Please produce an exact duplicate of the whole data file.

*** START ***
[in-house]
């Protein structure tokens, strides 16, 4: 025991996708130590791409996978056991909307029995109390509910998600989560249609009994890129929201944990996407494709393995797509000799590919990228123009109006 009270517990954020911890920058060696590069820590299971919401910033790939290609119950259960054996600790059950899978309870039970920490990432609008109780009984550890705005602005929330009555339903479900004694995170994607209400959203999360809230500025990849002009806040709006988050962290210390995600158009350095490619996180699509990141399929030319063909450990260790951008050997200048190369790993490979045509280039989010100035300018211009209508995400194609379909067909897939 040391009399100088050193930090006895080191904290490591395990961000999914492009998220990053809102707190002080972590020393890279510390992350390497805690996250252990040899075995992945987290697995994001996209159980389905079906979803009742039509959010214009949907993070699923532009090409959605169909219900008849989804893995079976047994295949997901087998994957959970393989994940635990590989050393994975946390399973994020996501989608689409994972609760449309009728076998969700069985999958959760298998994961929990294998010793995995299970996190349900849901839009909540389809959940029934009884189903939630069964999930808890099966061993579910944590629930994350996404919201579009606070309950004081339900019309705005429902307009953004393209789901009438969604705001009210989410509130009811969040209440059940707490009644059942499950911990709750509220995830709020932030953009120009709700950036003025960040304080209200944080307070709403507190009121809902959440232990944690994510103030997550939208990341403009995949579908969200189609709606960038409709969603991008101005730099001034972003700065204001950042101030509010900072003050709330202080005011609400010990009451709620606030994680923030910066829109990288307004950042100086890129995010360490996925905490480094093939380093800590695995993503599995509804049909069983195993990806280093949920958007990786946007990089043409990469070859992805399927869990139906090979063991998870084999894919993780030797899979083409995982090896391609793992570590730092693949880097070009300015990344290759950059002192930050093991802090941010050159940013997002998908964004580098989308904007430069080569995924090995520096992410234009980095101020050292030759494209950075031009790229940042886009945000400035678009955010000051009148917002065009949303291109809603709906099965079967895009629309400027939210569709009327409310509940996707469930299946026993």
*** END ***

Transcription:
[in-house]
């Protein structure tokens, strides 16, 4: 025991996708130590791409996978056991909307029995109390509910998600989560249609009994890129929201944990996407494709393995797509000799590919990228123009109006 009270517990954020911890920058060696590069820590299971919401910033790939290609119950259960054996600790059950899978309870039970920490990432609008109780009984550890705005602005929330009555339903479900004694995170994607209400959203999360809230500025990849002009806040709006988050962290210390995600158009350095490619996180699509990141399929030319063909450990260790951008050997200048190369790993490979045509280039989010100035300018211009209508995400194609379909067909897939 040391009399100088050193930090006895080191904290490591395990961000999914492009998220990053809102707190002080972590020393890279510390992350390497805690996250252990040899075995992945987290697995994001996209159980389905079906979803009742039509959010214009949907993070699923532009090409959605169909219900008849989804893995079976047994295949997901087998994957959970393989994940635990590989050393994975946390399973994020996501989608689409994972609760449309009728076998969700069985999958959760298998994961929990294998010793995995299970996190349900849901839009909540389809959940029934009884189903939630069964999930808890099966061993579910944590629930994350996404919201579009606070309950004081339900019309705005429902307009953004393209789901009438969604705001009210989410509130009811969040209440059940707490009644059942499950911990709750509220995830709020932030953009120009709700950036003025960040304080209200944080307070709403507190009121809902959440232990944690994510103030997550939208990341403009995949579908969200189609709606960038409709969603991008101005730099001034972003700065204001950042101030509010900072003050709330202080005011609400010990009451709620606030994680923030910066829109990288307004950042100086890129995010360490996925905490480094093939380093800590695995993503599995509804049909069983195993990806280093949920958007990786946007990089043409990469070859992805399927869990139906090979063991998870084999894919993780030797899979083409995982090896391609793992570590730092693949880097070009300015990344290759950059002192930050093991802090941010050159940013997002998908964004580098989308904007430069080569995924090995520096992410234009980095101020050292030759494209950075031009790229940042886009945000400035678009955010000051009148917002065009949303291109809603709906099965079967895009629309400027939210569709009327409310509940996707469930299946026993």